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I'm trying to create a series of playlists on my MP3 player, running Rockbox, by finding a file matching a string, using find /cygdrive/g/MUSIC -type f -name "Search Criteria" | /cygdrive/g/PLAYLIST/Playlist Name.m3u8. When I search using $ find /cygdrive/g/Music -type f -name "*Theme*", my results are:

/cygdrive/g/Music/Movie Masterpieces/14 - 1900's Theme.ogg
/cygdrive/g/Music/Movie Masterpieces/02 - Deborah's Theme.ogg
/cygdrive/g/Music/Star Trek_ The Motion Picture [Disc 1]/01 - Ilia's Theme.ogg

However, I would like to be able to search for any folder and output the names of the files inside, for an output similar to:

/cygdrive/g/Music/Cult Themes/01 - The Avengers (1965).ogg       
/cygdrive/g/Music/Cult Themes/02 - Man In A Suitcase (1968).ogg  
/cygdrive/g/Music/Cult Themes/03 - The Saint (1962).ogg

I have access to both a Linux terminal, cygwin or Windows command prompt, and would be grateful for any solution, but if possible in one or two lines.

Edit: After receiving the a number of solutions, I've found the best solution was:

find /cygdrive/g/MUSIC -type d -iname "*theme*" -print -prune 
| xargs -d '\n' -I {} find {} -name '*.ogg'

This solution was able to complete the search the quickest, and whilst it may not be as brief as the first response, is still succinct. Thanks to all who responded!

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up vote 3 down vote accepted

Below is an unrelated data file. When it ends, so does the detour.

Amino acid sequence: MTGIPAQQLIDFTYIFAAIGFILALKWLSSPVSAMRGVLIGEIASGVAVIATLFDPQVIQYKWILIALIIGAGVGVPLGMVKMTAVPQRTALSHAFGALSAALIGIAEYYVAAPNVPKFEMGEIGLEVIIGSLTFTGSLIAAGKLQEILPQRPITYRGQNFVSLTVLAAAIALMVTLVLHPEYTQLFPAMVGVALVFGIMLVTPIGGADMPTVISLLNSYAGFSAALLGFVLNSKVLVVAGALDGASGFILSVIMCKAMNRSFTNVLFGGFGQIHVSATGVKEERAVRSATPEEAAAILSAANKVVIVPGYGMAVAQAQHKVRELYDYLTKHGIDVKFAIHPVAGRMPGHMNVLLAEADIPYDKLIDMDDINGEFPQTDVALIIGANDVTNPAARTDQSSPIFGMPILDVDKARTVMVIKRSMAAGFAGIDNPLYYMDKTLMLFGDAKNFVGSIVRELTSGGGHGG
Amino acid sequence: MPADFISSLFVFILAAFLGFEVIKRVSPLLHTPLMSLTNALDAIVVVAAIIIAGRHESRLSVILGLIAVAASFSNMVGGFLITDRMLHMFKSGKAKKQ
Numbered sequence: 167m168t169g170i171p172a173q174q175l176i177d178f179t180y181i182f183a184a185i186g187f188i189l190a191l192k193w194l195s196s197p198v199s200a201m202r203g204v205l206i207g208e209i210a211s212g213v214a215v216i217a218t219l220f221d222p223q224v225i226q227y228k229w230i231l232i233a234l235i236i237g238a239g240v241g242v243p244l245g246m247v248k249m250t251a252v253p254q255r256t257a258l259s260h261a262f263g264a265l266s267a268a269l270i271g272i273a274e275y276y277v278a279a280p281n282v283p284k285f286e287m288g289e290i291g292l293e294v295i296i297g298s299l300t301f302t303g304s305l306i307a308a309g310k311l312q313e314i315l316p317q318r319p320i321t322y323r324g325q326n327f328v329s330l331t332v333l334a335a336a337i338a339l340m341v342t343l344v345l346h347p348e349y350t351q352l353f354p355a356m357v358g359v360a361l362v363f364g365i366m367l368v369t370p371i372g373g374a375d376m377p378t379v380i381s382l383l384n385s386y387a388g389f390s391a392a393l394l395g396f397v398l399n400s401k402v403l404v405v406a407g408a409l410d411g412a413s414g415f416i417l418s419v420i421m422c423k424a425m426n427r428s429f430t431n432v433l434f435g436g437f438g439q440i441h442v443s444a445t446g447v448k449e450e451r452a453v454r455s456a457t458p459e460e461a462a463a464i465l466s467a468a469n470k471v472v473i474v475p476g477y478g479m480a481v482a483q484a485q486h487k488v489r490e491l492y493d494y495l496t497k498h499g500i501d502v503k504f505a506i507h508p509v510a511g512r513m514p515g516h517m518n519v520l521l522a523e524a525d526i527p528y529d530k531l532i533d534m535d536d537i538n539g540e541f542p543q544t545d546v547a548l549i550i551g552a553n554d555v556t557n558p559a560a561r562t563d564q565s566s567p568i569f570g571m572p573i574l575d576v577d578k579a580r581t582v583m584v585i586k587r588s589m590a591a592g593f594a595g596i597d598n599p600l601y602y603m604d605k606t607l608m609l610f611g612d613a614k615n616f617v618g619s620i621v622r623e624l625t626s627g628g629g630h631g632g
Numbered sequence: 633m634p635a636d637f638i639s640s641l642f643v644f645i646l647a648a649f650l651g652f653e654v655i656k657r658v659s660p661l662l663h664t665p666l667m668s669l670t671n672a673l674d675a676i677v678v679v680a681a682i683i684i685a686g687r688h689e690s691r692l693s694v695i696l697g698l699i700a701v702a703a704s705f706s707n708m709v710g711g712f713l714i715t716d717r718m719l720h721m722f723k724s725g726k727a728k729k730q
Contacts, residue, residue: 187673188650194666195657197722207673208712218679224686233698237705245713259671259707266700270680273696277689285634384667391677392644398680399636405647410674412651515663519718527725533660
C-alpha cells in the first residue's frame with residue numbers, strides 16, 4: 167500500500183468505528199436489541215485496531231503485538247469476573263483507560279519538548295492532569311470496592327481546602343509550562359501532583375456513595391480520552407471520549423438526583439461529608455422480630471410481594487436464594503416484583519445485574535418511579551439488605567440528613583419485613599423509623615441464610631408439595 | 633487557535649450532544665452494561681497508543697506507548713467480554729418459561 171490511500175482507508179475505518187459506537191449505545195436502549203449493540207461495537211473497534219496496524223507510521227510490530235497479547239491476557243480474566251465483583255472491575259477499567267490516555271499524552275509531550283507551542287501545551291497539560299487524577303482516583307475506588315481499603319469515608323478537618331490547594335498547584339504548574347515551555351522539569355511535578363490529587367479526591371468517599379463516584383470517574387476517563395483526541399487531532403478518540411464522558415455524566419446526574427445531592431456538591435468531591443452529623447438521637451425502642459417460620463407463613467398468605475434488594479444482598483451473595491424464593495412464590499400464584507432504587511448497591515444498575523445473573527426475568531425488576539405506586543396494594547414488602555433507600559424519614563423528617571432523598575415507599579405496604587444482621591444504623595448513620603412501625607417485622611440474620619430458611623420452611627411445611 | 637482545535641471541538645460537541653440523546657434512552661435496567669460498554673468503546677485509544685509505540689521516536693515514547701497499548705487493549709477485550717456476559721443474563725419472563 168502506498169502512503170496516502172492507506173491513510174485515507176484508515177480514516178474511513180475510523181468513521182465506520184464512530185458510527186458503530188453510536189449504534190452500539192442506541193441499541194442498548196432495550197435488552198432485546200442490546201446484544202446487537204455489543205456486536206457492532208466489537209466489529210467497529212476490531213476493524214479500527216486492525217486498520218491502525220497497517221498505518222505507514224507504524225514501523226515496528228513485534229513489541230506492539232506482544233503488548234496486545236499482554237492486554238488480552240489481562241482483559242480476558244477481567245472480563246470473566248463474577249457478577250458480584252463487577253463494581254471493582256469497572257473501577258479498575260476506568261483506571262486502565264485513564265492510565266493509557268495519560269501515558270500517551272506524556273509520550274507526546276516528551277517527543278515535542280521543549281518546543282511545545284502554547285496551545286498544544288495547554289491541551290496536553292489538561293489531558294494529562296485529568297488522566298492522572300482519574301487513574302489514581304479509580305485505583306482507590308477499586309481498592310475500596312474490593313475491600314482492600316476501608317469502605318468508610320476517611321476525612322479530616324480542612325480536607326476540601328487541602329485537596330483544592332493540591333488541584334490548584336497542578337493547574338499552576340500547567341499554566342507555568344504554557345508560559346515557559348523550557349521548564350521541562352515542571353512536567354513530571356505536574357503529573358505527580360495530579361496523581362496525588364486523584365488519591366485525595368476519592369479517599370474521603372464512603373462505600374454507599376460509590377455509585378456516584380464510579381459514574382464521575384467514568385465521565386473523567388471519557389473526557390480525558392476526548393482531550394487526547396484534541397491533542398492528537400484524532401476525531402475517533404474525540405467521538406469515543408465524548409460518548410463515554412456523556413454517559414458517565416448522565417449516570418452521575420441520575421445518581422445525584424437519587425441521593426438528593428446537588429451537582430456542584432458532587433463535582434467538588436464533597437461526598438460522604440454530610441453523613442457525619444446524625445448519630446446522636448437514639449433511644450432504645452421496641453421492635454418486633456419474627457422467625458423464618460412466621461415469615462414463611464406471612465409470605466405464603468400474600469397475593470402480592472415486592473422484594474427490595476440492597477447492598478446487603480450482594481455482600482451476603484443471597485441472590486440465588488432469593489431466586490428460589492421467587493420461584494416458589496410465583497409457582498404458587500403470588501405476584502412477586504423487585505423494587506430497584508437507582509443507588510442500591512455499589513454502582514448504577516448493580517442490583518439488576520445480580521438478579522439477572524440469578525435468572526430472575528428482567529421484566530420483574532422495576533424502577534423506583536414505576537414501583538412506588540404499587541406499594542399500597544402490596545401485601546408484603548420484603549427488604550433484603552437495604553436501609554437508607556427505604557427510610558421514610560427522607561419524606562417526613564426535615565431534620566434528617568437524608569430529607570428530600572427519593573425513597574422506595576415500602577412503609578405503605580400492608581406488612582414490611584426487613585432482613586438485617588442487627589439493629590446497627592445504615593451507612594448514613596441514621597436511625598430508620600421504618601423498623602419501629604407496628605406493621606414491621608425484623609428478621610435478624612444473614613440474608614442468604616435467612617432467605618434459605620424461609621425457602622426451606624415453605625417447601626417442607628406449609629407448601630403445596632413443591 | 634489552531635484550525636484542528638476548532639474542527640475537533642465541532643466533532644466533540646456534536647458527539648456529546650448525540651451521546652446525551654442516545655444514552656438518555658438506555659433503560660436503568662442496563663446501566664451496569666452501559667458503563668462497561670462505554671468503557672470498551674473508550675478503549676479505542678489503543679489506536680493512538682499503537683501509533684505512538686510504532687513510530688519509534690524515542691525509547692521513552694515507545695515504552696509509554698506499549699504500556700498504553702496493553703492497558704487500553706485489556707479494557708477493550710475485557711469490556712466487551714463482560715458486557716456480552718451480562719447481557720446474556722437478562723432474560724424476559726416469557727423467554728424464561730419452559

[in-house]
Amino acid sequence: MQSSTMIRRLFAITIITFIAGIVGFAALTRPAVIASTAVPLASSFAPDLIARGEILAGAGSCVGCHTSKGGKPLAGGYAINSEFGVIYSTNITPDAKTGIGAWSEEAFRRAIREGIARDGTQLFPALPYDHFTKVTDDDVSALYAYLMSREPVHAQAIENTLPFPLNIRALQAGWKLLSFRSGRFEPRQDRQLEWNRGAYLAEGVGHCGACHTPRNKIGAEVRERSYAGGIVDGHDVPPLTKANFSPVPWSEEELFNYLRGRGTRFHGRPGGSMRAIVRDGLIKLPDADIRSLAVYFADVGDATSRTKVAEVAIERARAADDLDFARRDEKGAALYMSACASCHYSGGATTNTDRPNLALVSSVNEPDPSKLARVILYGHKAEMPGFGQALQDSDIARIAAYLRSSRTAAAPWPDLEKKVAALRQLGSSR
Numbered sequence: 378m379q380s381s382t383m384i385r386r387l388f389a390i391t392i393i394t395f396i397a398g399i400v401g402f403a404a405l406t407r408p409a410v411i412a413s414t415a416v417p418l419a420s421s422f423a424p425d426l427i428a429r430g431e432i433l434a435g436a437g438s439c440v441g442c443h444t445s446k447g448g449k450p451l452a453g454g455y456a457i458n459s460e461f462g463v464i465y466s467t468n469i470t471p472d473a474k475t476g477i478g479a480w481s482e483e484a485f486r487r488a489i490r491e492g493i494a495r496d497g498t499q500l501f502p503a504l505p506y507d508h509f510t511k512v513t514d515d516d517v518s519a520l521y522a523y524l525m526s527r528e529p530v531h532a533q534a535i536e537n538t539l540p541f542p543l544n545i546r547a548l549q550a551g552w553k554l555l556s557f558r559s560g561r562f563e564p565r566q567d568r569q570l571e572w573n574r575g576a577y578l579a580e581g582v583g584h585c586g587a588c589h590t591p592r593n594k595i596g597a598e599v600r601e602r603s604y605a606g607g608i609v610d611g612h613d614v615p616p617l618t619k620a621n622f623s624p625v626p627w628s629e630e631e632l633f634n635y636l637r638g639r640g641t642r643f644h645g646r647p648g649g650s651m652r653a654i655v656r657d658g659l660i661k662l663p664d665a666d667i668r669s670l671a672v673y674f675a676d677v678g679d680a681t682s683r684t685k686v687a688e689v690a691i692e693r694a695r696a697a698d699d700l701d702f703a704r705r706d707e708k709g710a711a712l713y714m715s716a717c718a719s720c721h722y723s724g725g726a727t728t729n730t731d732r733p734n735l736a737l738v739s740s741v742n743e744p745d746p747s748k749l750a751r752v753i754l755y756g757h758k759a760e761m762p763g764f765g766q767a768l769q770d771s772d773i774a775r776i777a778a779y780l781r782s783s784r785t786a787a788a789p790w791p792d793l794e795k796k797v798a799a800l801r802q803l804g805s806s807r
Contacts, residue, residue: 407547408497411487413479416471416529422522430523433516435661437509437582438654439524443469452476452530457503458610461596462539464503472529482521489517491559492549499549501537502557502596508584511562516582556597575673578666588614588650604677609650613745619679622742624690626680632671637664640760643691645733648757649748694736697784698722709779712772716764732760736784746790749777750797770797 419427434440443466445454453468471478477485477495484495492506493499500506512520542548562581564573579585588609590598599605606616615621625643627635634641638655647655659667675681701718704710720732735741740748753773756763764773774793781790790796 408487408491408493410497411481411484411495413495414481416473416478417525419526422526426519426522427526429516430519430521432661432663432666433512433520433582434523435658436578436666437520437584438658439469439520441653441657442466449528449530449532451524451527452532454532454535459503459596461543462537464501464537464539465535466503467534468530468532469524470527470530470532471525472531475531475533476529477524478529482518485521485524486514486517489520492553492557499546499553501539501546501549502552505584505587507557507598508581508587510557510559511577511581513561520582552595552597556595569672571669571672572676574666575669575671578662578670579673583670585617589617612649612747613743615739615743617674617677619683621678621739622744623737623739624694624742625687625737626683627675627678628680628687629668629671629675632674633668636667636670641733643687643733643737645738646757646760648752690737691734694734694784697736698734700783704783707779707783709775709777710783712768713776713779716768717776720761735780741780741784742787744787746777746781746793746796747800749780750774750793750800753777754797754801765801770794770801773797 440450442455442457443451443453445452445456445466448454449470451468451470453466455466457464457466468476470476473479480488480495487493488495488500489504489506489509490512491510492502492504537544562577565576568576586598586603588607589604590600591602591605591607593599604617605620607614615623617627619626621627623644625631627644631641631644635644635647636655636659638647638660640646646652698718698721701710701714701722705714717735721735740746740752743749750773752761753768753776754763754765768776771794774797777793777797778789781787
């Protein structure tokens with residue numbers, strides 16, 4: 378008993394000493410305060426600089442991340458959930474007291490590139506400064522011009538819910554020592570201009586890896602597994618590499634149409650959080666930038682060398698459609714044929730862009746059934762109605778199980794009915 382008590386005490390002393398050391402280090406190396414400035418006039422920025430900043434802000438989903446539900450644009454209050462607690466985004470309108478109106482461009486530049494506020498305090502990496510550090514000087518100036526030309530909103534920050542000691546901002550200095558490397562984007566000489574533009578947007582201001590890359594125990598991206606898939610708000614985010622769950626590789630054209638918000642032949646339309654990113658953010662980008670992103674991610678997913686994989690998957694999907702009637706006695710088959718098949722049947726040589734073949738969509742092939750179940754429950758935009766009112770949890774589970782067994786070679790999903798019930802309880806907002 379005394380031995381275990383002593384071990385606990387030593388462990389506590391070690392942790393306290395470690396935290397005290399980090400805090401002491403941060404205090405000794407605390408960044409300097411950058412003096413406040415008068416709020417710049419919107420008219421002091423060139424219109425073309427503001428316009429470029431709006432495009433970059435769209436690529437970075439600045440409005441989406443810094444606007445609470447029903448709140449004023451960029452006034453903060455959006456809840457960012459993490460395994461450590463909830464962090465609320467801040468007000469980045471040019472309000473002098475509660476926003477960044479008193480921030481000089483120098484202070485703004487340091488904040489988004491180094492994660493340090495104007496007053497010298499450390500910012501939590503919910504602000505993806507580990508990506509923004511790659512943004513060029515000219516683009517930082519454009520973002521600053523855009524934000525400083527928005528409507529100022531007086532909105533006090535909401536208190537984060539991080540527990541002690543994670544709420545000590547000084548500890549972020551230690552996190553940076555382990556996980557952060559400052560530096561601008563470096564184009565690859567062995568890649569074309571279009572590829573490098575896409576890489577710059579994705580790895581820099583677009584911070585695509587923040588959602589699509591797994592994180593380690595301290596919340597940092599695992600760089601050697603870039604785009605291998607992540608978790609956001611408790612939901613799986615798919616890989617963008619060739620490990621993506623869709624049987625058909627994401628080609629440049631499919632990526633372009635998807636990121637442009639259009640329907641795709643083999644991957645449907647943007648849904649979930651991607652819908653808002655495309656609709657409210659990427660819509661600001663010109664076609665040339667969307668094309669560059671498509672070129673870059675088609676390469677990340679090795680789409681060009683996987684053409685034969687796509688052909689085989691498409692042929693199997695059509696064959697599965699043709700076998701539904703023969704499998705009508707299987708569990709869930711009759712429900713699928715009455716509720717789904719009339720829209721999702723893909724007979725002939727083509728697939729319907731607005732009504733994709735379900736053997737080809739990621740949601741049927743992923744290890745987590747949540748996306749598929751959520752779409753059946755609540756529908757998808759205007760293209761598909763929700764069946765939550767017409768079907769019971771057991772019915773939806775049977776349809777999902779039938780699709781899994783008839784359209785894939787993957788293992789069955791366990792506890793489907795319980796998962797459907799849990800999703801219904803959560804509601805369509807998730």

The right way to process find output is not for, but to read it line by line:

find . -type d -iname '*themes*' -print -prune |
while read -r path; do
    find "$path" -name '*.ogg'


find . -type d -iname '*themes*' -print -prune |
xargs -d '\n' -I {} find {} -name '*.ogg'

or let find do it:

find . -type d -iname '*themes*' -exec find {} -name '*.ogg' \; -prune

-prune is a simple safeguard against cases where both a parent directory and a subdirectory match the -iname rule.

I skipped the traditional -print0 | xargs -d '\0' since filenames with newline characters are very, very unlikely to exist on a FAT32 filesystem.

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You could also set IFS=$'\n' and then read line, but that breaks on wildcards too when you use the filename again, so … yeah. exec would be the most concise option. – slhck Feb 20 '12 at 21:43
@slhck: read does not process wildcards, so I don't see how would it break when using read line. (The only place I can see is during expansion of the variable, which can be solved by double-quoting.) – grawity Feb 20 '12 at 21:48
Yeah I meant expansion, it wasn't the case for your answer anyway. Just something that can be easily forgotten. – slhck Feb 20 '12 at 21:57

Here is the way to search for a dir (eg. themes), and list all the .ogg files under it (recursively):

for x in $(find . -iname "*themes*"); do find $x -iname "*.ogg"; done

I think you can customize this example for your needings, if it's not what you exactly want.

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That almost works, once brackets are added for x in $( find ... ); do ..., but does not work if folders have spaces in their names. Thanks for the quick response, if I get any further I'll put the solution up. – jClark94 Feb 20 '12 at 19:48
Will definitely break on spaces in file names, also beware of globbing characters when using $x again. – slhck Feb 20 '12 at 21:44

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